(Photo: DesiringGod.org via Christian Post)
Popular theologian and Desiring God founder John Piper says it's a good practice for Christians to make sure their pastors and church leaders agree with the teachings of the Bible. Pastors are not infallible, and should not be taken as the ultimate authority, he cautioned.
"The Bible is the ultimate authority and infallible, not the pastor and not the elders. And it doesn't mean that you believe everything he says without examining it," said Piper in a recent discussion about whether or not online sermons undermined local churches.
He explained that while the Bible advises Christians to submit to the authority of their spiritual leaders and encourages respect for the office of the pastor, it doesn't mean Christians are supposed to accept everything church leaders tell them as the infallible word. On the contrary, he noted, the Bible represents Christians who track the leadership of their pastors with biblical study as desirous.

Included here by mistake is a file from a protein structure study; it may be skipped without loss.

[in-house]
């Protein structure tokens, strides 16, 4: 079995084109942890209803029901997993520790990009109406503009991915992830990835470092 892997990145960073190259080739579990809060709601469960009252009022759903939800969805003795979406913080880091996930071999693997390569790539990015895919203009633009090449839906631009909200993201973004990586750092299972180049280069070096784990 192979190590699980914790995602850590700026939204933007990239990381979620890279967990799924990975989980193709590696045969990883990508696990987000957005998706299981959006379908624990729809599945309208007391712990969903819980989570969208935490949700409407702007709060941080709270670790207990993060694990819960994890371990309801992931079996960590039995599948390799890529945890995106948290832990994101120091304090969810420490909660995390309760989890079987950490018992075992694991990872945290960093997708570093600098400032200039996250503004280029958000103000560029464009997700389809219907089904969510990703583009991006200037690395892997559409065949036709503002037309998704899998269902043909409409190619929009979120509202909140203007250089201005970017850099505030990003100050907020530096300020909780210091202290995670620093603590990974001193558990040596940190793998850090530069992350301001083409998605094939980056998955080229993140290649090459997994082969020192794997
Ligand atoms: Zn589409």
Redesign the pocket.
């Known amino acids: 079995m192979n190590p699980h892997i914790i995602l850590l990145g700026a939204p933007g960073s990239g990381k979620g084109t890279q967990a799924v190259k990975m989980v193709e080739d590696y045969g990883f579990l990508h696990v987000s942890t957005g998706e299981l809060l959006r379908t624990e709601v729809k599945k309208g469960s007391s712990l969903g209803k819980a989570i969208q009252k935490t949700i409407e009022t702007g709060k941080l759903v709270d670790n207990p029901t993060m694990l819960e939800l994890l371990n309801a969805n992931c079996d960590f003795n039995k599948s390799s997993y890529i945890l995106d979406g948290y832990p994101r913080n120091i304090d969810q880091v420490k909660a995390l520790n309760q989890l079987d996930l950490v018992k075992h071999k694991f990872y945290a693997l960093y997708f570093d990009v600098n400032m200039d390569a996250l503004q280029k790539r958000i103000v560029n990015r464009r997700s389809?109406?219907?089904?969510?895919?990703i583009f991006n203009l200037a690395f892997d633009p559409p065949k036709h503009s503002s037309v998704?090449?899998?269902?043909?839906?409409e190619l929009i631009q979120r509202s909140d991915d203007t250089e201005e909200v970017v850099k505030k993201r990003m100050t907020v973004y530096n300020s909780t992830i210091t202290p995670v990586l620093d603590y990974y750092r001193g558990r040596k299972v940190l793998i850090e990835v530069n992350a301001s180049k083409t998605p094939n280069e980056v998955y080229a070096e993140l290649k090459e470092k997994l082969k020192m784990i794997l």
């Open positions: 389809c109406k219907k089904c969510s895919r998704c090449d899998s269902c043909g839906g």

"You see in Acts 17 that the Bereans were more noble than those in Thessalonica because they examined the scriptures daily to see if these things were so when an apostle was speaking to them. So it's not wrong for a people to love their pastor and submit to their pastor and still make sure that from the Bible, what he is saying and how he's leading squares up with Scripture," said Piper.
In discussing the impact of the access to online sermons on local church leadership, Piper pointed out that online sermons are just an additional layer of people's access to truth other than their preacher.
He explained that the monopoly Christian leaders once had on access to the teachings of the Bible began to break when the Bible was first translated and made available to the public. That monopoly continued to give way with the advent of books, radio and television.
Local pastors and their congregations could choose to see this increased access in a positive light.
"Is that a bad thing to have exposure to knowledge that might reveal unhelpful things?" asked Piper. "If it makes the pastor acknowledge that he has to make a good case then that's good to feel pressure."
If exposure to online sermons causes people to disengage or become disrespectful of the leadership of the local church, then in that case, it would definitely be hurting it, said Piper.
But while increased access to different sources of teaching may cause relational tensions between pastors and congregants, "I think avoiding those kind of tensions by hiding from truth is probably not going to honor God."